INTERNATIONAL CONFERENCE ON
"THE POLITICAL ECONOMY OF LIBERALIZING TRADE IN SERVICES"
June 14-15, 2010
DEADLINE FOR SUBMISSION OF PROPOSALS: FEBRUARY 21, 2010.Trade in services is central to many of the new issues on the trade policy agenda. Policy on trade in services exists in the space between traditional trade negotiations and, among other things, a range of relatively new investment-related measures and labor migration policy. Inadequate conceptualization appears, however, to limit the chances for policy breakthroughs at the multilateral, regional, and bilateral contexts.
In addition, there is a need to better understand the ways in which power structures of states, institutions, lobby groups, and individuals jointly shape markets and systems of economic interaction in the services sectors, and how these affect political processes and structures.
While extensive literature address international trade in services from various angles, much less has been written from an international relations/ political economy perspective.
The goal of the conference is to theoretically and empirically explore whether existing international political economy theories apply to services trade liberalization and how they might be revised. Possible questions which can be examined at the conference:
1. What are the domestic and international political economy determinants for and against services trade liberalization? How do they vary across sectors and modes of supply?
2. How do the partisan and pluralist theories apply to services trade negotiations? What are the different coalitions and alliances? How do they operate in the domestic and international spheres?
3. Can a single analytical framework account for the diversity and variation of services sectors, modes of supply and providers?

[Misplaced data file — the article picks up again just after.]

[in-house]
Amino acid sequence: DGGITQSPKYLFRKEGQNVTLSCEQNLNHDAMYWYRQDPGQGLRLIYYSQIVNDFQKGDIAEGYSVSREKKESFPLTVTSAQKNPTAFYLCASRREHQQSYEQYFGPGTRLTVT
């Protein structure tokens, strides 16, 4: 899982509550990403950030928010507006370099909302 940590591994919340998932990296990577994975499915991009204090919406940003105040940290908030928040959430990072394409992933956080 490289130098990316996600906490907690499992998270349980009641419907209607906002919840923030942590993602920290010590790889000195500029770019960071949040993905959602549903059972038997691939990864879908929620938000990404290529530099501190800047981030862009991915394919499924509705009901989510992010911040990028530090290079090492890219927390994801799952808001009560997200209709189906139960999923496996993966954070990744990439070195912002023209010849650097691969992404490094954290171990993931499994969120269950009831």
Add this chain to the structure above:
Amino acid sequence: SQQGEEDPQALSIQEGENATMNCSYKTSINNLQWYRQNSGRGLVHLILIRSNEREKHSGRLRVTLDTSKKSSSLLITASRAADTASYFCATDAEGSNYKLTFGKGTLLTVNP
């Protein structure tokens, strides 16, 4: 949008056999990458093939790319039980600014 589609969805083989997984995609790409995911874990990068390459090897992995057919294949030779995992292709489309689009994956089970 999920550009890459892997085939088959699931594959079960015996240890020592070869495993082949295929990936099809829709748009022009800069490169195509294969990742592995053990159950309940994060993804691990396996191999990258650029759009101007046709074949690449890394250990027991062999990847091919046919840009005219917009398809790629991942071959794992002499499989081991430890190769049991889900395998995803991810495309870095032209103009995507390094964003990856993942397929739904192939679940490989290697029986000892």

4. What is the theoretical distinction, if any, between the liberalization of private and public services trade?
5. What are the similarities and differences between the political economies of goods and services trade? Do multi-level games have similar trajectories in the goods and services sectors? Why do critical provisions in trade liberalization agreements differ between services and goods (e.g. safeguards and enforcement mechanisms)?
6. What can be learned from the international political economy of services trade for (the design of) international cooperation and regimes? What impact does this political economy have on both multilateral and preferential trade negotiations?
7. Does the political economy of services trade liberalization differ between developing and developed economies? In what ways? What are the implications of these differences for multilateral and preferential negotiations and liberalization?
Mr. Alejandro Jara, Deputy Director-General of the World Trade Organization
Dr. Tomer Broude, Senior Lecturer, Faculty of Law and Department of International Relations
Prof. Michel Kostecki, University of Neuchâtel
Prof. Kalypso Nicolaïdis, Oxford University
Prof. Louis Pauly, Director of the Centre for International Studies, University of Toronto and Editor of International Organization
Prof. Alfred Tovias, Director of the Leonard Davis Institute for International Relations, Hebrew University of Jerusalem
DEADLINE FOR SUBMISSION OF PROPOSALS: FEB. 21, 2010
Paper proposals should include a title, a short 250 word abstract of paper, and name and affiliation of author(s).
Panel proposals should contain a title, a short 250 words abstract of the theme, 2-3 paper proposals (see above), name and affiliation of the chair and optionally a discussant (discussants will otherwise be determined by the conference academic committee). \
All submission(s) should be sent to: email@example.com
The Participants will be informed by email of the acceptance of panels and papers by March 16, 2010.
Conference fee is 40 Euros (20 Euros for students and non-OECD country participants). The fee covers participation as well as lunch and refreshments during the conference.
An optional one-day tour of Israel will be offered to participants, the day before the conference, on June 13.
For further information, please visit the website: http://davis.huji.ac.il/eng/activity.asp?cat=128&in=0
Daniela Persin: firstname.lastname@example.org
Lior Herman: email@example.com
Thursday, January 21, 2010
The Political Economy of Liberalizing Trade in Services: Call for Papers:
The Leonard Davis Institute for International Relations at the Hebrew University of Jerusalem has issued a call for papers for a conference on "The Political Economy of Liberalizing Trade in Services," to be held June 14-15, 2010. Here's the call: